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Create a Water-holding Structure with Good Circulation

bioretention basin plantingBioretention ponds are similar to bogs.  They can hold deep, standing water, so safety is a key issue. Common problems with retention basins is that they can be undersized, constructed incorrectly, or do not drain properly, resulting in over- flows. Slight over design is a small cost compared to basin failure. Once constructed, bioretention ponds can be planted with bog-type plants, ranging from those that tolerate constant standing water, to those that can handle dry soils.

Always make sure your soils percolate and, if needed, use an under-drain. Retention basins will have spillways with overflow drains and piping sized to handle the flow. You need to provide details for your basin, with existing and proposed contours. A lot of designers would like to do one big bio-retention area, but a treatment trains work a lot better. Try to work in grassy swales and level spreaders to slow water and to remove sediments before they reach the basin.  Slow the flow of water and clean as you go.

You, of course, wouldn’t want trees around a basin, since the tree root systems can damage the structure as they grow, but stormwater retention basin buffers need to be planted with vegetation in order to stabilize the ground surface. Use a stabilizing structure on the slopes until the plants take root, though. A large-opening jute mesh blanket will allow the seeds contact with the soil.

For road projects with basins, you are faced with a very confined site and challenging soils. Bioretention basins are often very close to the road, and probably in the clear zone, so the basin will be in an area where trees also cannot be planted. So, the first rule for planting bioretention ponds is—no trees. This keeps the clear zone free of fixed objects and help avoid damage to the basin embankments.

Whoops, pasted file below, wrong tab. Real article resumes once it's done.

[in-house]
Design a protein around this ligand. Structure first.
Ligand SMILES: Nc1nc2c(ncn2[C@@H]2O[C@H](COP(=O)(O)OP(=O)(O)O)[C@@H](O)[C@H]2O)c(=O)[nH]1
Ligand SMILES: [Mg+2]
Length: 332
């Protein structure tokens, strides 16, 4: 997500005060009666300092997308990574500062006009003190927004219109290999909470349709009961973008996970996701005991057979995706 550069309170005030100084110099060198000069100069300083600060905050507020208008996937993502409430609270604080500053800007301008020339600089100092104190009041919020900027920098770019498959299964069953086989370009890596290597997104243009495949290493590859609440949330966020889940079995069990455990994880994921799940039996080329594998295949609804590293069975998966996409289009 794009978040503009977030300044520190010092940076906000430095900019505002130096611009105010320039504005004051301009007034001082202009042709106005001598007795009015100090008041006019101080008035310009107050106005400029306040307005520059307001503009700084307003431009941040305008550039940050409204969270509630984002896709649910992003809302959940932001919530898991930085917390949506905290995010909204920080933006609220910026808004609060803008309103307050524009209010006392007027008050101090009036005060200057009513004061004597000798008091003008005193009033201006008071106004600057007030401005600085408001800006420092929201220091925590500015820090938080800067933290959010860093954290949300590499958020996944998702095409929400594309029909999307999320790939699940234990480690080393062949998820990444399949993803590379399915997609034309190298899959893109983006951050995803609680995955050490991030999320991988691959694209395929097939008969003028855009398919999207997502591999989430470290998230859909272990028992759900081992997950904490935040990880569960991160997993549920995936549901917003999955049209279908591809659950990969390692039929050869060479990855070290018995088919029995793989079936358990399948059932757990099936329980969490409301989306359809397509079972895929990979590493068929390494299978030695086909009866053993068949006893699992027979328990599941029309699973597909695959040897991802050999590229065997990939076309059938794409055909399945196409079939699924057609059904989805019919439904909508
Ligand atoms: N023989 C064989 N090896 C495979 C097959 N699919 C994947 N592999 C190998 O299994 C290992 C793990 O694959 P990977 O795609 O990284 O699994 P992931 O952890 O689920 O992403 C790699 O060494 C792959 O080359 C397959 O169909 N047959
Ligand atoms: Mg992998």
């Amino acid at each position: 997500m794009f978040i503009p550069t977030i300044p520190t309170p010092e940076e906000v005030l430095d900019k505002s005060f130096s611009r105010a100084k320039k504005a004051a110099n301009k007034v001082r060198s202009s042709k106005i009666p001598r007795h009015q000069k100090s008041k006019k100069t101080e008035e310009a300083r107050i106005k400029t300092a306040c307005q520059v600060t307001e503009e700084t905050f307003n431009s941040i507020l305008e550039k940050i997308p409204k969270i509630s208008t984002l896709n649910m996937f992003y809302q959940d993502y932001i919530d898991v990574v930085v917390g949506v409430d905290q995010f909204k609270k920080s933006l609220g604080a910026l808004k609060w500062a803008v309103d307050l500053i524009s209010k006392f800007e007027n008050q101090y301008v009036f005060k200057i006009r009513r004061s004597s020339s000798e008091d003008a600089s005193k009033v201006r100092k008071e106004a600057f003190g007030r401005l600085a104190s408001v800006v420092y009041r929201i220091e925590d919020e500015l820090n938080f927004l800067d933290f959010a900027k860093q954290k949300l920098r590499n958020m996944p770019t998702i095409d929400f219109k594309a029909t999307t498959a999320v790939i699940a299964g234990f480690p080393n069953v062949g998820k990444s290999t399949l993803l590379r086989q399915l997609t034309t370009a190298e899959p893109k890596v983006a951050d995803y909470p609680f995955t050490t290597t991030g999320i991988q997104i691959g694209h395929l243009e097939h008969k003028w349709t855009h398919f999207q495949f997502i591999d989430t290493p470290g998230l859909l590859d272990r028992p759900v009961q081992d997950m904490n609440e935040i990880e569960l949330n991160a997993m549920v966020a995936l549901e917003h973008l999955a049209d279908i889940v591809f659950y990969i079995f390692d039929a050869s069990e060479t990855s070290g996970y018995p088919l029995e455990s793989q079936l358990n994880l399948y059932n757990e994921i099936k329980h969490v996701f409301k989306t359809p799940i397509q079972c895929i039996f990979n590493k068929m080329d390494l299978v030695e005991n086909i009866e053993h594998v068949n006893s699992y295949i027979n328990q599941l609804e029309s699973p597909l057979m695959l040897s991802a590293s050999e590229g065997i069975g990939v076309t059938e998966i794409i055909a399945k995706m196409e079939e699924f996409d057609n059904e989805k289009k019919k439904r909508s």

Bioretention areas are typically more inundated or polluted than you might find in a stable natural system. The plants closer to the water’s edge will have wet feet at times. There should be no woody plant material on or near a bioretention basin embankment. Use only native shrub or grass species, with plants more adaptable to dryer conditions around the top half of the basin and plants more adapted to occasional wet feet around the bottom half of the basin—just a couple of species for each zone.  Plant the entire basin vegetation area in a native, riparian seed mix to the water line. It is best to go with smaller plantings—plugs. Specify a fairly close spacing of less than three feet on center. Try to fill the system with vegetation, so that it will grow in rather quickly. Using overly-vigorous plant material can cause maintenance issues. Don’t try growing native flag iris and invasive cattails!  They will clog the drainage flow.

Stormwater retention basins require maintenance. This is a surprise to some designers. Without hand-weeding, any area not mowed has the potential to grow trees and become a weedy mess. A basin located within a commercial apartment community, with professional horticulturalists on staff, can be planted quite differently from a neglected roadside basin. In an ornamental setting, wetland flowering plants and wildlife attractors can be used. For a basic, service basin with little to no maintenance, keep things simple and anticipate mowing once or twice a year. Retention basins are not self-sustaining ecosystems. Consider the maintenance issues involved as you design.

For initial ground coverage, stay away from ornamental mulches. Stick with clean straw, lightly spread to hold moisture and allow sunlight to reach a native/riparian seed mix for germination. Ornamental bedding mulch within the basin either floats or forms a decomposing, waterlogged mat that inhibits the water from infiltrating. Yuck! Use vigorous competition from native plants for weed suppression, rather than heavy organic mulch. Stone mulch will cause the same maintenance issues as rip rap—requiring chemical control of weeds instead of cyclical mowing. Bioretention basins need free flow of excess water through drains and overflows and ground surfaces that are easily maintained. 

Should You Mulch a Bioretention Basin?